Malaysia’s long race to competitiveness


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Have you ever felt like you are in a race and each time you pass another competitor, more keep showing up ahead on the race track in an endless marathon? Well, countries striving to be competitive face a similar predicament. No matter how hard they try to improve their competitiveness, cut the red tape and reduce burdensome regulations, other countries are doing the same, but even quicker.

Malaysia is already a very competitive country. Today it ranks 18 out of 189 economies in the World Bank Group’s Doing Business Index. Yet, its ambition is to become more competitive. And it wants to overtake some countries on the way up. Malaysia has long recognized that a concerted cross-ministerial and public-private collaboration is needed to do just that.

Malaysia’s Special Task Force to Facilitate Business (PEMUDAH), was established in 2007 to improve the ease of doing business in Malaysia. Testament to its success was Malaysia’s surge to 6th position in the 2014 Doing Business, up from 12th place in 2013 and 18th in 2012, placing it in the same league as Singapore, Hong Kong, and the United States. But since then, Malaysia has been challenged to keep up with the rapid pace of business reforms across the globe.

This week, the newly established World Bank Group Knowledge and Research Hub in Kuala Lumpur partnered with PEMUDAH to convene global experts and Malaysian policymakers for the first joint workshop on the Doing Business methodology. This event represents a unique effort to leverage and draw on the global knowledge from across the World Bank Group, including from the Development Economics Global Indicators Group and global practices covering trade and competitiveness, governance, fiscal management, finance and others.

Experts on the different indicators covered by Doing Business presented the rationale for them, how they are compiled and what they measure. These indicators include such measures as how long it takes to start a business, the ease of cross-border trade, access to credit, registering property, resolving insolvency and paying taxes. National and regional policymakers engaged with these experts to better understand how Malaysia can reach the very top of the list for ease of doing business. They discussed areas that could be improved, notably around resolving insolvency, enforcing contracts, getting credit or registering property.

The World Bank Group can add value to Malaysia’s quest to become one of the world’s most competitive countries through its new Knowledge and Research Hub in Kuala Lumpur, which serves as a global platform to share Malaysia’s experiences and create new cutting-edge policy research on pertinent competitiveness issues.

In addition to Doing Business, there is a wealth of data being collected for different global projects operating out of the new Malaysia knowledge hub, notably, the Enterprise Surveys, Benchmarking Public Procurement, Enabling the Business of Agriculture, Women, Business and the Law, and the Subnational Doing Business reports to name but a few. These capture different aspects of competitiveness and fill some gaps that Doing Business does not cover, providing a nuanced picture.

Over 80 governments have used global benchmarks to stimulate and complement competitiveness reform programs. PEMUDAH is already working on supporting a number of specific interventions to remove obstacles to business operation. Keep running, Malaysia!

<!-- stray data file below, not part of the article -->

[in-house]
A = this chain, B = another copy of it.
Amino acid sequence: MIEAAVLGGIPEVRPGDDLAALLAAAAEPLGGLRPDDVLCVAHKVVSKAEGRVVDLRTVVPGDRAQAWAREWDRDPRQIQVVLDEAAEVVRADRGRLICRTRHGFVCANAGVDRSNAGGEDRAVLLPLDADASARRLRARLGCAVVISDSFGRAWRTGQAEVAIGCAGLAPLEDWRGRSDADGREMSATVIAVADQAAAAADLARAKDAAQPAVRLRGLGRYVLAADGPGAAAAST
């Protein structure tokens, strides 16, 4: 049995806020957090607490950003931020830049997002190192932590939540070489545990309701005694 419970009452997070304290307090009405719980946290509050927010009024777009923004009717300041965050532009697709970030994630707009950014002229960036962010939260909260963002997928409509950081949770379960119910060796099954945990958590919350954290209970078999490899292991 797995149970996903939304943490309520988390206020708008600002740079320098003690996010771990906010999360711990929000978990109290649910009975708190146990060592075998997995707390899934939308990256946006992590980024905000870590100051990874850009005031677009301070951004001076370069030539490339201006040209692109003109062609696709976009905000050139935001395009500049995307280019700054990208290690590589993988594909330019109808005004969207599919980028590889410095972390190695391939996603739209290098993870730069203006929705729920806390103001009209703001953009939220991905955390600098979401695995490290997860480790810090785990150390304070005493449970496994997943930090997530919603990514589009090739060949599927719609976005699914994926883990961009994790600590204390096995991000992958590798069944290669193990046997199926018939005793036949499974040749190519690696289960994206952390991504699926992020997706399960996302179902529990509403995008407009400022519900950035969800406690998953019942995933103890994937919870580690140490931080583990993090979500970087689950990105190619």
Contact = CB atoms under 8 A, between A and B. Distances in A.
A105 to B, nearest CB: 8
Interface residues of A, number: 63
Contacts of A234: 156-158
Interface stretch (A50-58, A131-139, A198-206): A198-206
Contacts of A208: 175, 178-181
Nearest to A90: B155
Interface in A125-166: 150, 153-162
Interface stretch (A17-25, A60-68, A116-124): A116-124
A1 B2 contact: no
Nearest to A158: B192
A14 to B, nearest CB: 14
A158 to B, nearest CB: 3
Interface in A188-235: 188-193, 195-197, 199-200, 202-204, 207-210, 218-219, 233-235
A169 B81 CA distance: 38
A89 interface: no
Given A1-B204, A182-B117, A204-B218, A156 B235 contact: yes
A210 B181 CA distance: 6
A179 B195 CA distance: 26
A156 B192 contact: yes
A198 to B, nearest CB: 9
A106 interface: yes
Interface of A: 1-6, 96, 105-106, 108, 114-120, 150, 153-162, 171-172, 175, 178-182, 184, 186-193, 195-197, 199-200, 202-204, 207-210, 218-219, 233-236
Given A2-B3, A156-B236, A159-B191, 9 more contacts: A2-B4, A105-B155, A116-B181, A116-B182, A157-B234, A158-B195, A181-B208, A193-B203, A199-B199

Laura Altinger

Senior Economist, Malaysia Country Office

Join the Conversation

Aimable Uwizeye Mapendano
February 10, 2016

Excellent post Laura. Indeed, the exciting topic of competitiveness is timely as mature economies and emerging economies are faced with two ills, respectively "economic crisis" and "middle income trap". Calling on regional experts and field practitioners to help develop the right indicators is a very good idea, because the development community wants to avoid that political leaders be induced into working on certain indicators only to achieve spurious improvements on the "ease of doing business" index. For instance, a country may improve a statistic on speed to start a business by decree in a given year. But in absence of strong and independent law enforcement of regulation against restrictive business practices, or if the regulatory environment and the polity are such that new businesses tend to be controlled by a small connected elite - as it was in Tunisia before the Arab Spring-, then the meter for doing business may not be helping to benchmark competitiveness, but oligarchy in the making!
Another important issue is that of data collection methodologies. I recall one of the recent WEF competitiveness ranking reported an African low income country with an indicator on "access to engineers" higher than that of Italy. Obviously, this was statistical artifact, as the African country is still in a pre-industrial stage by all measures. The way the questions were conveyed and their understanding by the people surveyed (e.g. CEOs) may have caused this hiatus. Testing the surveys with field practitioners as well as for coherence both in terms of statistical design and country/context-specific economic characteristic is key to achieving truly universal benchmarks. These should carefully scrutinize sensitivity of indicators to such factors as anthropology, polity, degree of informal economy, economic traditions, etc. Many thanks. Aimable.

Hilary Nwokeabia
February 11, 2016

Very perspicacious thinking - Aimable and Laura.

Alice Enders
May 07, 2017

Such a pleasure reading your work on Malaysia! Give us a shout if you are ever through London pls! Just thought of you as I was reminded of the paper we wrote on GATS commitments. Alice